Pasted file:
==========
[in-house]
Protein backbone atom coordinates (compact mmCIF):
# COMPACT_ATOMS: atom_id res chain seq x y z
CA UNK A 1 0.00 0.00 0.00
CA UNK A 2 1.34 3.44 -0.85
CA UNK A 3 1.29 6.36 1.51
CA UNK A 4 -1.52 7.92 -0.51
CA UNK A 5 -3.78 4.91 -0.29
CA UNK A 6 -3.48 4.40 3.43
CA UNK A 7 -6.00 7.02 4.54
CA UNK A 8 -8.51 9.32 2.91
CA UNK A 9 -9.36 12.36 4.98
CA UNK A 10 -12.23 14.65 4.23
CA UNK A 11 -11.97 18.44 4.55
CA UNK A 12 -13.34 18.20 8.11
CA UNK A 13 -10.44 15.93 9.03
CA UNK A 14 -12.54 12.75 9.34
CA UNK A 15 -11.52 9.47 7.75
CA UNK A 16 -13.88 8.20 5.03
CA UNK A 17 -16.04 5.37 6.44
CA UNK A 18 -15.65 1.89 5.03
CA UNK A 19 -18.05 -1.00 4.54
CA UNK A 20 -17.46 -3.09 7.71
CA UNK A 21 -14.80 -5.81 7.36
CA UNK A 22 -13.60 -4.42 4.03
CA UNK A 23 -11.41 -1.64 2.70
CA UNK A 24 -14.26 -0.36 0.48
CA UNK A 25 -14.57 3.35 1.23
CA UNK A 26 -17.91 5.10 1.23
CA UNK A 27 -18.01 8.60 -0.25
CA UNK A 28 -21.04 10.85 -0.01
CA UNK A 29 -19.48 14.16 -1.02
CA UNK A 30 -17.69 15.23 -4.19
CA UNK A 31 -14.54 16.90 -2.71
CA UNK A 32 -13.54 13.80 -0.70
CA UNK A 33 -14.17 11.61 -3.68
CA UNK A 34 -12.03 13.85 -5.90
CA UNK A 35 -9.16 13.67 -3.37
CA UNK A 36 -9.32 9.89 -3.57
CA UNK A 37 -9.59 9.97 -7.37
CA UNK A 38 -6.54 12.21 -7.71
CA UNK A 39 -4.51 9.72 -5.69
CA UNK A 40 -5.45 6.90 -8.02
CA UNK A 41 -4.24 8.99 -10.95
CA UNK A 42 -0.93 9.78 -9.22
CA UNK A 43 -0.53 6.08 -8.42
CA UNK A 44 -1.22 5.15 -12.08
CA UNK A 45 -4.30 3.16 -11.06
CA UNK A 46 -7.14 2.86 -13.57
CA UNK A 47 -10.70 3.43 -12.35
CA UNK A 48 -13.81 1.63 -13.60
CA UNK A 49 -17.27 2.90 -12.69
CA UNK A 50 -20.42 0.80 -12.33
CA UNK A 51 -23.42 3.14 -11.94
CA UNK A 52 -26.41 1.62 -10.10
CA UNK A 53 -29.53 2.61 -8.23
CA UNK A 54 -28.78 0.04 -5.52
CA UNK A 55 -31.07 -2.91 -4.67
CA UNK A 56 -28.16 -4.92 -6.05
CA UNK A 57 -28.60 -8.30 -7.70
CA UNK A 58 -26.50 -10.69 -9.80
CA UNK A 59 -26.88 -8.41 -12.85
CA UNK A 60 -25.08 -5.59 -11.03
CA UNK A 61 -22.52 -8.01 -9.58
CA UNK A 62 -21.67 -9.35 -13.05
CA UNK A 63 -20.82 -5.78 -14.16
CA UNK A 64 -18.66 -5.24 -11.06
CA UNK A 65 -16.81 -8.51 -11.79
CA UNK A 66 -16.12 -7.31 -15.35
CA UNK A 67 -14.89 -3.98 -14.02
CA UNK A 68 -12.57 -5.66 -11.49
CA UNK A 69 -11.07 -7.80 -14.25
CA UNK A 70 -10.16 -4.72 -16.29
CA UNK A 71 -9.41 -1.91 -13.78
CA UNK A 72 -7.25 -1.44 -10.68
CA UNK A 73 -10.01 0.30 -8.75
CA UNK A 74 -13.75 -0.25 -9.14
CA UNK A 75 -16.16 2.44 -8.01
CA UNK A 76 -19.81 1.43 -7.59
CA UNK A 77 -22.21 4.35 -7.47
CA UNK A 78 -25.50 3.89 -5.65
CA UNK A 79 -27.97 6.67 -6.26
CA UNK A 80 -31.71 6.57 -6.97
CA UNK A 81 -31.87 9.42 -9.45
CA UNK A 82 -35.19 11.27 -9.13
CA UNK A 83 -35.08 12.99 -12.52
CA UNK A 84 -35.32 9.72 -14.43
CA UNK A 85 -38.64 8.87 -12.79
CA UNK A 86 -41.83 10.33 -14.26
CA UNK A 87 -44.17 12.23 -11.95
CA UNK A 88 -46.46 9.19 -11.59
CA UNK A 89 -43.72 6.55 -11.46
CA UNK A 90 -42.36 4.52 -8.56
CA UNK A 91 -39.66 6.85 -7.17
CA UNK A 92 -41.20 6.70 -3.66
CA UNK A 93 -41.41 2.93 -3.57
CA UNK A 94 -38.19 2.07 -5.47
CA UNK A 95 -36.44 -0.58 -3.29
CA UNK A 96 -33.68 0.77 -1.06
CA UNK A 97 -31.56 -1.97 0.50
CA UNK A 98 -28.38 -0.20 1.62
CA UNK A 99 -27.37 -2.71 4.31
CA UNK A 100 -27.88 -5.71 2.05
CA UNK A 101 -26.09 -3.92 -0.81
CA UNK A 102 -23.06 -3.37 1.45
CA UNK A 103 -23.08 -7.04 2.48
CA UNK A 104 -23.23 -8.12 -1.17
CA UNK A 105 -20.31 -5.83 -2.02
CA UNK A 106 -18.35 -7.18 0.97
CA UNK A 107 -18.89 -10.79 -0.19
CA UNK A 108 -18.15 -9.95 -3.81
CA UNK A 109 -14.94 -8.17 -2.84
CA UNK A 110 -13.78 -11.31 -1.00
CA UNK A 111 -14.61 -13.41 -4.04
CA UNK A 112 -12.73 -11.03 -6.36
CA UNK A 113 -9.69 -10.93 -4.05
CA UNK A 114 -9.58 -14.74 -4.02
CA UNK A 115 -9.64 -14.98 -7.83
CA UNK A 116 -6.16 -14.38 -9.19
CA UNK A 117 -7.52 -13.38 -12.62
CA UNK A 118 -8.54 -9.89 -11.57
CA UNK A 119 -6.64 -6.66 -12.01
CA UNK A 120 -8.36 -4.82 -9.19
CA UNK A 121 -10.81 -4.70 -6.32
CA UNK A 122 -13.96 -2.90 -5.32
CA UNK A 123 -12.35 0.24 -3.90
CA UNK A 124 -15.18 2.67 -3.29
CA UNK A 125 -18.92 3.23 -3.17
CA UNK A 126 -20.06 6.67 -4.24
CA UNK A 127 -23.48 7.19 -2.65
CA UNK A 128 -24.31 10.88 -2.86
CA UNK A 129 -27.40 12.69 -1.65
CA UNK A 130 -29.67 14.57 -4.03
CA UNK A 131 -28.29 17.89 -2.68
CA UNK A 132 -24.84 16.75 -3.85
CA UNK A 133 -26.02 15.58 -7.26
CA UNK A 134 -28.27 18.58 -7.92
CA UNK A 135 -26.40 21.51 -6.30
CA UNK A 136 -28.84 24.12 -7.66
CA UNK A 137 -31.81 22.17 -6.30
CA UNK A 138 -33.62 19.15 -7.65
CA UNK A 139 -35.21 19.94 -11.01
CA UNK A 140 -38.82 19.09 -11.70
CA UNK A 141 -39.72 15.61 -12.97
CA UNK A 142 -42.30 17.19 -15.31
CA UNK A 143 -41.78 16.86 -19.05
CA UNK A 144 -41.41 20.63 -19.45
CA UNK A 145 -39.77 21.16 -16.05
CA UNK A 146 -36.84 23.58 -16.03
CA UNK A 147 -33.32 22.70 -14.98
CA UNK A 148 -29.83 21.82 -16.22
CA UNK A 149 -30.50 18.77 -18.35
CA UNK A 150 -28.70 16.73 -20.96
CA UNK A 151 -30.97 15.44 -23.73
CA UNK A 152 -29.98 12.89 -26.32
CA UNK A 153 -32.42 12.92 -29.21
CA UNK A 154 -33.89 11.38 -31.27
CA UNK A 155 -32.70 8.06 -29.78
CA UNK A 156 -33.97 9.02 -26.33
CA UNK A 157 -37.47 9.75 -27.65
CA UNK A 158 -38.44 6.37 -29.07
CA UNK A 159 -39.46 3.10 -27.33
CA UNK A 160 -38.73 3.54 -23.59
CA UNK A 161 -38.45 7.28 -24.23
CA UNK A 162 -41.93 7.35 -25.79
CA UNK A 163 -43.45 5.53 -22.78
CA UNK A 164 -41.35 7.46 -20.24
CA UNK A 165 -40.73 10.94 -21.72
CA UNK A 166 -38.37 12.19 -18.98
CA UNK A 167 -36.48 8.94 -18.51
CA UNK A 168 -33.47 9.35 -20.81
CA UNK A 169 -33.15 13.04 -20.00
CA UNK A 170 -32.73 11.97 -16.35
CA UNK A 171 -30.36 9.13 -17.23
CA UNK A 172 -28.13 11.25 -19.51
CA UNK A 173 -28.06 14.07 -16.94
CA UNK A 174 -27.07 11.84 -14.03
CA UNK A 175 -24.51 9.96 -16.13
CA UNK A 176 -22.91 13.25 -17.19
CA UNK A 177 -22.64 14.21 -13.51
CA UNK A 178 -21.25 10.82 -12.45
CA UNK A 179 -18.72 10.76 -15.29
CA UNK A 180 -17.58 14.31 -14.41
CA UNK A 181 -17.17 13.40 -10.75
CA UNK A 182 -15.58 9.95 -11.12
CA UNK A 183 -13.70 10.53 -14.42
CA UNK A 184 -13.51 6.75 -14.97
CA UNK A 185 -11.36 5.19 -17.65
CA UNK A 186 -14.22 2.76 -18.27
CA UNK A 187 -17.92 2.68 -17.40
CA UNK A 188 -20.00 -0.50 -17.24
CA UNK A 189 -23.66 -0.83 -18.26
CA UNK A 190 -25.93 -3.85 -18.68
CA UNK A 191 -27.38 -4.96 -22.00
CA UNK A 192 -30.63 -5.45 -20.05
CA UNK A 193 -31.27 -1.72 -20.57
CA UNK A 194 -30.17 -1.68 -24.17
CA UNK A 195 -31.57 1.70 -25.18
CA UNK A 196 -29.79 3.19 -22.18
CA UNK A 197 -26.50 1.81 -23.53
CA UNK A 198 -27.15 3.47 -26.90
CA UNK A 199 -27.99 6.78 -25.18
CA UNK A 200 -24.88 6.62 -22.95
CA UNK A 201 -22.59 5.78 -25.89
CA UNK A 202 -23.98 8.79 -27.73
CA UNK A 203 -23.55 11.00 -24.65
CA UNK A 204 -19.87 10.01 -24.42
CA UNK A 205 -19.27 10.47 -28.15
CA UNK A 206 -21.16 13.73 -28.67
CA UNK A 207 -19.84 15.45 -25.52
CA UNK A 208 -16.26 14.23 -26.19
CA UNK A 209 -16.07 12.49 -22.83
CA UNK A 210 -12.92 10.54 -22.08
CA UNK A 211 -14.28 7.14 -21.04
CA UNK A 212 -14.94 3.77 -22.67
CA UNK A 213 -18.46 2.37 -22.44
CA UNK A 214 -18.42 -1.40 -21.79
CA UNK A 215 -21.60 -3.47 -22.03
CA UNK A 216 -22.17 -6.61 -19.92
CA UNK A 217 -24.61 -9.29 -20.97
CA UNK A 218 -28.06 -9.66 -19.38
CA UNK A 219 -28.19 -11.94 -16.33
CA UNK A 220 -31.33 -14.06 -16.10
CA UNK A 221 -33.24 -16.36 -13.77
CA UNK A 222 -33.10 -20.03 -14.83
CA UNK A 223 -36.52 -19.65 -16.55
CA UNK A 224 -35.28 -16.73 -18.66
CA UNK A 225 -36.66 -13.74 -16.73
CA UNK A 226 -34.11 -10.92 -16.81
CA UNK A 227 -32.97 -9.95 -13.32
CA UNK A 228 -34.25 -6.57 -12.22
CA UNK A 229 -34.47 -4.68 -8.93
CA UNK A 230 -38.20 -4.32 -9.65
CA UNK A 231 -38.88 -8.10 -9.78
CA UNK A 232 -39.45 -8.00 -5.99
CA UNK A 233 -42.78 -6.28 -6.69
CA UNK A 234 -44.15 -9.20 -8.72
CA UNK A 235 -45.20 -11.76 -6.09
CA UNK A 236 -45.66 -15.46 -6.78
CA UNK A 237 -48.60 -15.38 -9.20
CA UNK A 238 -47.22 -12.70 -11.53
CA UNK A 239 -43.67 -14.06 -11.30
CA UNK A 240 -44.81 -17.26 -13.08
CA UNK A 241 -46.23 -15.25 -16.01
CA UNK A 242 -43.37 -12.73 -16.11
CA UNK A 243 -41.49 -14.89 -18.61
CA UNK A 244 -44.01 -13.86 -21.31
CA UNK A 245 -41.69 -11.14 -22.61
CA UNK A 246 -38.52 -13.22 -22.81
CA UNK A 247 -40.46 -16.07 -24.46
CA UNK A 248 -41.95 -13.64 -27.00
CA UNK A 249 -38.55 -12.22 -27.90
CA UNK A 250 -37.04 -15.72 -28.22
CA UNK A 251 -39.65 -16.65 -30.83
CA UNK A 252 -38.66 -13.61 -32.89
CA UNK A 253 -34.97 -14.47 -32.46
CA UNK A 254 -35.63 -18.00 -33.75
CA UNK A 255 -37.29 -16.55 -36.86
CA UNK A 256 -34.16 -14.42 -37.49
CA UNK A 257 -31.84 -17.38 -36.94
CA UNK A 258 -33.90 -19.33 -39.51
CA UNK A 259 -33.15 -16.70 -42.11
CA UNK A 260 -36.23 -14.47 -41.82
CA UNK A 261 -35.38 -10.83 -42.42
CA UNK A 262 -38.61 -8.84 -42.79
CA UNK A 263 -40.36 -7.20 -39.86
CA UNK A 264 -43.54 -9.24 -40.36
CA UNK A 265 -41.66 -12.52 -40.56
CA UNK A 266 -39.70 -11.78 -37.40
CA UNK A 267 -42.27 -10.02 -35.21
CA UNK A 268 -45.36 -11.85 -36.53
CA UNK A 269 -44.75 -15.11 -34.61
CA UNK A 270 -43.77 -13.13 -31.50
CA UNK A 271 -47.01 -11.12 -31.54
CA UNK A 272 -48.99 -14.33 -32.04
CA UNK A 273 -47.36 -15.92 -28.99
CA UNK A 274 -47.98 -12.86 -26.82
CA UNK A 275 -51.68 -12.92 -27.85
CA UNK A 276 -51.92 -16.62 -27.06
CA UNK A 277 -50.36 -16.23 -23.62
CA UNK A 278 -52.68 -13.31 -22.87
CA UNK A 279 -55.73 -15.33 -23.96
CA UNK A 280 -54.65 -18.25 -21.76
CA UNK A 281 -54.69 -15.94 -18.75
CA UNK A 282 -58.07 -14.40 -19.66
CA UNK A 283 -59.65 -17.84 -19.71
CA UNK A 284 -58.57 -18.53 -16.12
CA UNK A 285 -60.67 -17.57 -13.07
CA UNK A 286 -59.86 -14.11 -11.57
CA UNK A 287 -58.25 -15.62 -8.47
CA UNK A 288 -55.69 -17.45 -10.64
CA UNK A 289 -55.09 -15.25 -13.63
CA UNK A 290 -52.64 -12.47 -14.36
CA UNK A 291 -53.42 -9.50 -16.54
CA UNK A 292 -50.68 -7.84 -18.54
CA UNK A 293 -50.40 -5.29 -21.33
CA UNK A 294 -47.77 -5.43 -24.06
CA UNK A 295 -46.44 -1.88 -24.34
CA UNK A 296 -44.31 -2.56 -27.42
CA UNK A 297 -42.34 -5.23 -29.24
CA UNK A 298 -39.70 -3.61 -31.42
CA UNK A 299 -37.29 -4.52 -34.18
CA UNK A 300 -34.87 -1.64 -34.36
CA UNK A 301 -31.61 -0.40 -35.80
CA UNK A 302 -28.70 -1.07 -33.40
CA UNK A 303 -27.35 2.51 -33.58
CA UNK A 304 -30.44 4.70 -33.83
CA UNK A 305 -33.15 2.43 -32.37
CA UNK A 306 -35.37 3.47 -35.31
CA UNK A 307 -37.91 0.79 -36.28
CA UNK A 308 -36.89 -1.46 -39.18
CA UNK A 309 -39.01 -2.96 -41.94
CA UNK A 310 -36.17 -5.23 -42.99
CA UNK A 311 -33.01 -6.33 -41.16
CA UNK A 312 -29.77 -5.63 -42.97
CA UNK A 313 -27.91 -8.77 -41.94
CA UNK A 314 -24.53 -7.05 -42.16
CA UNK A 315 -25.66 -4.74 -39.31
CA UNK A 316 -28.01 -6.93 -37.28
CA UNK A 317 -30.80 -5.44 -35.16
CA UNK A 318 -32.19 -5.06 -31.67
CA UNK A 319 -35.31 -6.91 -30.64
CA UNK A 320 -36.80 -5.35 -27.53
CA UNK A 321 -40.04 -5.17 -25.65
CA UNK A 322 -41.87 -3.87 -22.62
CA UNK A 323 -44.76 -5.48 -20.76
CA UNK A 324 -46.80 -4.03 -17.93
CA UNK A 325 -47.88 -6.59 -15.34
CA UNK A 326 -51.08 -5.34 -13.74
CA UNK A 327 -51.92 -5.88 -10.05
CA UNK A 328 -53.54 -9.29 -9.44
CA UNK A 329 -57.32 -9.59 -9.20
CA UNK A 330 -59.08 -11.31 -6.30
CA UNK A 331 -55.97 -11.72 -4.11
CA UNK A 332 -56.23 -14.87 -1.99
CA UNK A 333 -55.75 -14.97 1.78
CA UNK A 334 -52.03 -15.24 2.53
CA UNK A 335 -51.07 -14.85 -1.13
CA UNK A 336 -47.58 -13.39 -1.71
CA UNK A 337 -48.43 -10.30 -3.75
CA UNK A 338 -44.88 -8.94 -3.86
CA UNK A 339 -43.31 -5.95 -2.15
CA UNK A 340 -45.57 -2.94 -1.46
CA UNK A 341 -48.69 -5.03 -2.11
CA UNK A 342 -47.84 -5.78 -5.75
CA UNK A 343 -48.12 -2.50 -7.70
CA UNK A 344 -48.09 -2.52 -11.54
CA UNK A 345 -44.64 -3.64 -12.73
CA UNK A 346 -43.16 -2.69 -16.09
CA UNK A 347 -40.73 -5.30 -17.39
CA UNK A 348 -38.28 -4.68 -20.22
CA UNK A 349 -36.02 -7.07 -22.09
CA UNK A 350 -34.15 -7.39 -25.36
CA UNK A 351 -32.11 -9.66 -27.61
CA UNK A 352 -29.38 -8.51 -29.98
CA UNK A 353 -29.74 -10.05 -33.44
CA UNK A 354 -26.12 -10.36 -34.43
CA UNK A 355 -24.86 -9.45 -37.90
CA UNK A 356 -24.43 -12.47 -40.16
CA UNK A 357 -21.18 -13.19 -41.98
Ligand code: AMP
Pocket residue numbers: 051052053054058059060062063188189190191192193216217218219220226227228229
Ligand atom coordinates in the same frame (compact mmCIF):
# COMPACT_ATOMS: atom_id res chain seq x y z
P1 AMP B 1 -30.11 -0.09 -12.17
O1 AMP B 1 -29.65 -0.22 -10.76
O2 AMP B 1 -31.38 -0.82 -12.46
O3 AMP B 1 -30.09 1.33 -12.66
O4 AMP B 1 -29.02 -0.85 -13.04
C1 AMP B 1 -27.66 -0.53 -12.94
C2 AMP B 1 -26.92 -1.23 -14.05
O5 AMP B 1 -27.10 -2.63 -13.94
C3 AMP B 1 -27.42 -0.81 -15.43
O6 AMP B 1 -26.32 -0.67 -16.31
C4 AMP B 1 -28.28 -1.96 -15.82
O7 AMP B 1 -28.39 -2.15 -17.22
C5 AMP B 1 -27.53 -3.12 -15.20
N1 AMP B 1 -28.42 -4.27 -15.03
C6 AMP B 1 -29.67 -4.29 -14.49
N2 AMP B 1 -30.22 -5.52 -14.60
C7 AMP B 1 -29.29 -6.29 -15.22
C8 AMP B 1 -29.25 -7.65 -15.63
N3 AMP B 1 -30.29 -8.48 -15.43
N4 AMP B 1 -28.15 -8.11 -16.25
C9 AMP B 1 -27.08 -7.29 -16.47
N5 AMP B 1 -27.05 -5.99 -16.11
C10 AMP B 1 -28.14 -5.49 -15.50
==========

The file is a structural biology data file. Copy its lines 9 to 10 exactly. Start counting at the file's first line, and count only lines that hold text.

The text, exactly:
CA UNK A 6 -3.48 4.40 3.43
CA UNK A 7 -6.00 7.02 4.54